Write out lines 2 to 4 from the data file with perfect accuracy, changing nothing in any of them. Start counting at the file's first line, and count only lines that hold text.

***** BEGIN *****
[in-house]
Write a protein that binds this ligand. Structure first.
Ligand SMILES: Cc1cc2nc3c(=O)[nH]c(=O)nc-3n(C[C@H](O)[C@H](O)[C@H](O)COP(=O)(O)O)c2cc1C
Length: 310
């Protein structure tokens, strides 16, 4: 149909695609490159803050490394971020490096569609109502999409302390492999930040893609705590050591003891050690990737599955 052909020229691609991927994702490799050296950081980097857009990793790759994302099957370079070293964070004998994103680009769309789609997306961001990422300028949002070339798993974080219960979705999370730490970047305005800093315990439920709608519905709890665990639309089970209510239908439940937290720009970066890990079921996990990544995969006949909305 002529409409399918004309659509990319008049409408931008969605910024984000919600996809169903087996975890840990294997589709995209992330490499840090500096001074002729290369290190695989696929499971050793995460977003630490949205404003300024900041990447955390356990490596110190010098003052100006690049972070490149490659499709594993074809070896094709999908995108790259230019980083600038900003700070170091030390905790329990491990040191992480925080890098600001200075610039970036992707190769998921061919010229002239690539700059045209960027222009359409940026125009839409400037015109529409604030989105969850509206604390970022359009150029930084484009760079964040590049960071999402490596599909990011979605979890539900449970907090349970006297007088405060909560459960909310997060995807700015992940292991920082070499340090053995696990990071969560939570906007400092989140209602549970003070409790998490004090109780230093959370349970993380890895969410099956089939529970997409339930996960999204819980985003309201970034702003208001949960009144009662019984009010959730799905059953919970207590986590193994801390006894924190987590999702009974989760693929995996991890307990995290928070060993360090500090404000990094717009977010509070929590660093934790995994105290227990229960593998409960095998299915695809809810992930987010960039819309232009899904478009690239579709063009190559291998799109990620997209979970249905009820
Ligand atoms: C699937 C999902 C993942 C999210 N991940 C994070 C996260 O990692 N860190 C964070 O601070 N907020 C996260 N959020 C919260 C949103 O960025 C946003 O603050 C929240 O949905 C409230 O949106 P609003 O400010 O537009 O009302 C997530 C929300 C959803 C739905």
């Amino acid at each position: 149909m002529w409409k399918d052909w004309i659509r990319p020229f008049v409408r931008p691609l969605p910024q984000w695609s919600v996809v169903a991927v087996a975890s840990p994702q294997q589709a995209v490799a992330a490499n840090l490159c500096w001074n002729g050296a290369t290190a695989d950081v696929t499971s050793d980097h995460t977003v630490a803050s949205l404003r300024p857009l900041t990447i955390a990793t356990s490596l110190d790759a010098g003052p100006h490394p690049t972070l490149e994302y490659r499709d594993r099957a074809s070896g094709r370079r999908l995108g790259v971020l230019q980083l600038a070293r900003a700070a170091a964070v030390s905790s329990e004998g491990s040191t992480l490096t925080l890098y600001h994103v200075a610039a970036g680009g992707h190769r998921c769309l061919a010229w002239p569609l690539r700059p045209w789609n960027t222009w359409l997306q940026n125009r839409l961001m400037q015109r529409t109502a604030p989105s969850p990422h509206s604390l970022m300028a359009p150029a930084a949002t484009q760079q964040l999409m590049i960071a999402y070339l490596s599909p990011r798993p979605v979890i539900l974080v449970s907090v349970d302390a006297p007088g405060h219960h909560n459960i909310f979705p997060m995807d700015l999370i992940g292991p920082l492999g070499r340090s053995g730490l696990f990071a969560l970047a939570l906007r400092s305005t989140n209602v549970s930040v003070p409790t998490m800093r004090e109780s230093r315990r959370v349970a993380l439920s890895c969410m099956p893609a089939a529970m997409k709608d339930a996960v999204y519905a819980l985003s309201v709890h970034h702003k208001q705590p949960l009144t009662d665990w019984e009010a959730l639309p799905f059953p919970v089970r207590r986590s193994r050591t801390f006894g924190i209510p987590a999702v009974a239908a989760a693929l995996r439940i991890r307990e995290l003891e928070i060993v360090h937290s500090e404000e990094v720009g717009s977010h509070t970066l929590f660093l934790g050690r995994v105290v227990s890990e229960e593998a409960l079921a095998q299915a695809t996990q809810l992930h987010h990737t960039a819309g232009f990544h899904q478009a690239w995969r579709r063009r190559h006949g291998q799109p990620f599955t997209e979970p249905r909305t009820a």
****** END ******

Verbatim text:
Write a protein that binds this ligand. Structure first.
Ligand SMILES: Cc1cc2nc3c(=O)[nH]c(=O)nc-3n(C[C@H](O)[C@H](O)[C@H](O)COP(=O)(O)O)c2cc1C
Length: 310